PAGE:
WebMD Health News
Brenda Goodman, MA
Laura J. Martin, MD
Dec. 13, 2011 -- In some respects, the U.S. is winning the war on cancer. Recent reports show an overall decline in the number of new cancer cases and fewer cancer deaths.
But those gains aren’t being shared by everyone. A case in point: A new study shows that rates of colon and rectal cancers have climbed in younger adults over the last decade.
That’s happening even as colorectal cancer rates have dropped steadily in adults over 50, the age most people are advised to start screening for the disease.
Researchers aren’t sure what’s causing the increase in younger adults. But they hope their study will raise awareness among younger patients and their doctors, who may dismiss cancer as a cause of their symptoms.
“These young people are getting ignored. They’ve had symptoms for a year or a year and a half before they finally get diagnosed,” says researcher Y. Nancy You, MD, a surgeon at the University of Texas M.D. Anderson Cancer Center in Houston.
The study looked at nearly 600,000 colorectal cancer cases reported to a national registry between 1998 and 2007.
As expected, cancer was much more common in the older age group. About 89% of the cases were seen in adults over age 50.
But while colorectal cancer cases have dropped steadily in adults over 50, they increased by more than 2% each year in younger adults.
The increase was highest for rectal cancers, which jumped nearly 4% each year. Colon cancer rates rose nearly 3% per year.
To compound the problem, doctors say many people may not suspect cancer when symptoms like bleeding, abdominal pain, or a change in bowel habits strike someone in their 30s or 40s.
“Most young people, when they have these types of symptoms, they are not thinking that they have cancer. Then they go to their physician and the physician isn’t thinking that they have cancer,” says Rebecca Siegel, MPH, an epidemiologist with the American Cancer Society in Atlanta.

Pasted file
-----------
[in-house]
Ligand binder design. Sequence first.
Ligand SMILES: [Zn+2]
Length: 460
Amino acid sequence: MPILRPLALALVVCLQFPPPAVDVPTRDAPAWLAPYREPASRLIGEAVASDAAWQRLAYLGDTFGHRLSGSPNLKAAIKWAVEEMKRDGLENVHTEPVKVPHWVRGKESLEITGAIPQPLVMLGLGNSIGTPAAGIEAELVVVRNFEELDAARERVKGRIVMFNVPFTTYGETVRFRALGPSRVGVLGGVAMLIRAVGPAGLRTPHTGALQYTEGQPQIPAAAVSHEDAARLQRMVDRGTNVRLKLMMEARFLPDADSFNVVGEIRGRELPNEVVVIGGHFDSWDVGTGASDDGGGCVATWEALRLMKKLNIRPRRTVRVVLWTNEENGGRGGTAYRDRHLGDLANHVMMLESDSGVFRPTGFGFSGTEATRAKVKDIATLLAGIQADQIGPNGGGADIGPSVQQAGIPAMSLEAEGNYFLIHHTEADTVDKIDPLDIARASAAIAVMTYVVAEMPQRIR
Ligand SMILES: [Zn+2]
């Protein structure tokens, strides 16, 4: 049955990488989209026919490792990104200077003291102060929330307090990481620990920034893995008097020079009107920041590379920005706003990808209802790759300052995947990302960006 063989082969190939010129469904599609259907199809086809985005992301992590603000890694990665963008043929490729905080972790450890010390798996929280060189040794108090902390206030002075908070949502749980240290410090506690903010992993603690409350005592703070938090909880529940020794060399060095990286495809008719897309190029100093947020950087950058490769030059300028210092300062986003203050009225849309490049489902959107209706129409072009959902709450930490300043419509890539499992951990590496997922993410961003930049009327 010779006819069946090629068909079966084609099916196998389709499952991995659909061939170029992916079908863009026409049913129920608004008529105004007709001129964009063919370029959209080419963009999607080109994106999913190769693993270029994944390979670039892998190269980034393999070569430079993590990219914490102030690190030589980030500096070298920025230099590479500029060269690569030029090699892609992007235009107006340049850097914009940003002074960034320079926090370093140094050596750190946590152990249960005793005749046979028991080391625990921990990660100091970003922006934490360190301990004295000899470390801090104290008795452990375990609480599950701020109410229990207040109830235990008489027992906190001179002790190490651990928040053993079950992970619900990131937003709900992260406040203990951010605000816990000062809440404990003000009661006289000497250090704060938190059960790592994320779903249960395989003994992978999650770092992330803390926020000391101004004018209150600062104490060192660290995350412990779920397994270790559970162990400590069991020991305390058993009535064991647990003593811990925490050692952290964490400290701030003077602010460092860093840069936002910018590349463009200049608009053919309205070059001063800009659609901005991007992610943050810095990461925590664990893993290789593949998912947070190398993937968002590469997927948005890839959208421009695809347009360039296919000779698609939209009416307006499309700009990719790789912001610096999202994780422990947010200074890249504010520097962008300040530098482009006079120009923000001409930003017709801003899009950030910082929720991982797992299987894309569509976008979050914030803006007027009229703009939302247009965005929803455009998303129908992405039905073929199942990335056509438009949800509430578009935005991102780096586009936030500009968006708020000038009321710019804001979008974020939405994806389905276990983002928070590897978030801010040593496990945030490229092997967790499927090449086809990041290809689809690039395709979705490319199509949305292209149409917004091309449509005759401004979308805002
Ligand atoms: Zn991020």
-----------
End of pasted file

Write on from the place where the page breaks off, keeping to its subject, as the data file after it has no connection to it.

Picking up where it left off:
The result is often a delay in diagnosis.
The study found that younger adults were more likely than older adults to be diagnosed with late-stage cancers, which are harder to treat.
People in their 30s were about 20% more likely than other age groups to be diagnosed when their cancers were stage III or IV, with stage IV being the most severe grade of the disease. Other factors that increased the risk for having an advanced cancer at diagnosis were being African-American or lacking health insurance.
“It’s cause for concern,” says Siegel, who was not involved in the study. “And hopefully, it will spur additional research to try to identify what’s causing this trend.”
The study is published in the Archives of Internal Medicine. It isn’t the first to spot the uptick, but it is the largest so far to note the increase.
Experts say the message to patients is clear: “Just because you’re under 50 doesn’t mean you’re not at risk,” says Anthony Starpoli, MD, a gastroenterologist at Lenox Hill Hospital in New York City.
“If you have a family history, go talk to your doctor,” Starpoli tells WebMD, especially if that relative got colon cancer before they were 50.
SOURCES:You, Y. Archives of Internal Medicine, Dec. 12, 2011.Y. Nancy You, MD, surgical oncologist, University of Texas M.D. Anderson Cancer Center, Houston.Rebecca Siegel, MPH, epidemiologist, American Cancer Society, Atlanta.Anthony Starpoli, MD, gastroenterologist, Lenox Hill Hospital, New York.
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